GRACE CHURCH HAMMERSMITH DATA PROTECTION POLICY
“Data Protection Legislation” means the Data Protection Act 2018, the Privacy and Electronic Communications Regulations (EC Directive) Regulations 2003 (SI 2426/2003 as amended), the General Data Protection Regulation (GDPR), any laws in the UK enacting the GDPR or preserving its effect in whole or part following the departure of the UK from the European Union and all applicable laws and regulations, including any replacement UK or EU data protection legislation relating to the Processing of Personal Data, together with, where applicable, the guidance and codes of practice issued by the Information Commissioner’s Office.
The Data Protection Legislation (“the Legislation”) is concerned with the protection of human rights in relation to personal data. The aim of the Legislation is to ensure that personal data is used fairly and lawfully and that where necessary the privacy of individuals is respected. During the course of the activities of Grace Church Hammersmith (“the Church”), the Church Elders, Staff, and Trustees (“we”) will collect, store and process personal data about our members, people who attend our services and activities, employees, suppliers and other third parties and we recognise that the correct and lawful treatment of this data will maintain confidence in the Church. This policy sets out the basis on which we will process any personal data we collect from data subjects, or that is provided to us by data subjects or other sources.
The Data Protection Compliance Manager is responsible for ensuring compliance with the Legislation and with this policy. The post is held by: Rob Ilderton
XXXX Email: firstname.lastname@example.org
Any questions about the operation of this policy or any concerns that the policy has not been followed should be referred in the first instance to the Data Protection Compliance Manager.
Processing personal data
All personal data should be processed in accordance with the Legislation and this policy. Any breach of this policy may result in disciplinary action.
Processing includes obtaining, holding, maintaining, storing, erasing, blocking and destroying data.
Personal data is any information relating to an identified or identifiable living individual. It includes, for example, employee data and factual information about a person, such as a name, address, or date of birth. It also includes recorded opinions about an individual, their actions and behaviour. It does not include data relating to a company or organisation, although any data relating to individuals within companies or organisations may be covered.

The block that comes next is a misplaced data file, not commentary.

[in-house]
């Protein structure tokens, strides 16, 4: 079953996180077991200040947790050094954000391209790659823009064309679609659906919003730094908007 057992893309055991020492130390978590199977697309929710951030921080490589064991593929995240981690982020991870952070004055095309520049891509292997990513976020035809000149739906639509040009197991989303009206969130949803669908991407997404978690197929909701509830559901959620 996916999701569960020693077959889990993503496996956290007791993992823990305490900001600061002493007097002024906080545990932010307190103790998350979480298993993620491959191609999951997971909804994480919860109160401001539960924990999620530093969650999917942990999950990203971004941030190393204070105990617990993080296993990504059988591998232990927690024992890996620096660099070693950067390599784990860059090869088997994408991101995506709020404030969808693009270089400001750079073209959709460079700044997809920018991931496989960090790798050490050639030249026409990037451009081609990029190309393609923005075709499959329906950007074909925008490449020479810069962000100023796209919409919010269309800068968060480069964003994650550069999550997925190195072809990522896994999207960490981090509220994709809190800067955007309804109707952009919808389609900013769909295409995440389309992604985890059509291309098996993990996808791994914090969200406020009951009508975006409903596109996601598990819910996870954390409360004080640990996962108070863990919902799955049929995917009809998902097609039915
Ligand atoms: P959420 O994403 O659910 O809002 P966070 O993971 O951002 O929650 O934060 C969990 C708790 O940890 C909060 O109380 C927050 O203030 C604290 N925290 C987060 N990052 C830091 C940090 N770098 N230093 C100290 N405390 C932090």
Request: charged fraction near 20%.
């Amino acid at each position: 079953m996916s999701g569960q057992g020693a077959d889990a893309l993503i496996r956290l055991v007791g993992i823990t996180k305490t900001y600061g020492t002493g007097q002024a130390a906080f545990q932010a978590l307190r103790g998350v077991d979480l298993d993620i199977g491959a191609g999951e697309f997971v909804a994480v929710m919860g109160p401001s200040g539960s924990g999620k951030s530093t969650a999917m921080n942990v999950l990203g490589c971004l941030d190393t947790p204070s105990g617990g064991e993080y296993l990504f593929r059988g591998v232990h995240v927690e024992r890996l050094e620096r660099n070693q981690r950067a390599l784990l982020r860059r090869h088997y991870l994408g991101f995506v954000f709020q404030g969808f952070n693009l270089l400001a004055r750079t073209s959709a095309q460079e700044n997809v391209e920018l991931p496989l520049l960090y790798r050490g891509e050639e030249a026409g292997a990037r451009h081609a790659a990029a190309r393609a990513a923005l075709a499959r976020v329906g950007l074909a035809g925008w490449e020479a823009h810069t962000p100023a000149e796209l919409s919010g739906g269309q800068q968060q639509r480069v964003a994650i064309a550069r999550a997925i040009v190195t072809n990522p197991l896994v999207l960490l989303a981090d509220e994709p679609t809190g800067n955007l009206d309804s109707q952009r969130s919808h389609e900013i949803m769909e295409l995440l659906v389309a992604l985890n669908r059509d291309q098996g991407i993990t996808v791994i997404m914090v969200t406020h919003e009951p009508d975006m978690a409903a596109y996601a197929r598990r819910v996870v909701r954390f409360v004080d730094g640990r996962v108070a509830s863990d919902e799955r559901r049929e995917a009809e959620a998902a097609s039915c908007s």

Examples of personal data are employee details, including employment records, names and addresses and other information relating to individuals, including supplier details, any third party data and any recorded information including any recorded telephone conversations, emails or CCTV images.
Employees and others (including members, volunteers, and trustees) who process data on behalf of the Church (referred to in this policy as “Employees”) should assume that whatever they do with personal data will be considered to constitute processing.
Employees should only process data:
1. If they have consent to do so; or
2. If it is necessary to fulfil the mission of Grace Church Hammersmith in serving its members and regular attendees (its “legitimate Interests”), unless this is overridden by the interests, rights and freedoms of the data subject;
3. If it is necessary to fulfil a contractual obligation or as part of the employer/employee relationship; for example, processing the payroll.
If none of these conditions are satisfied, individuals should contact the Data Protection Compliance Manager before processing personal data.
Compliance with the Legislation
Employees who process data on our behalf have a responsibility for processing personal data in accordance with the Legislation. Anyone who has responsibility for processing personal data must ensure that they comply with the data protection principles in the Legislation. These state that personal data must:
● be obtained and used fairly, lawfully and transparently;
● be obtained for specified, explicit and legitimate purposes and used only for those purposes;
● be adequate, relevant and limited to the minimum necessary for those purposes;
● be accurate and kept up to date (every reasonable endeavour should be used to personal data that is not accurate is corrected or erased without delay);
● be processed in a manner that ensures its security (see Information Security policy at Appendix 1);
● not be kept for any longer than required for those purposes see Retention policy at Appendix 2).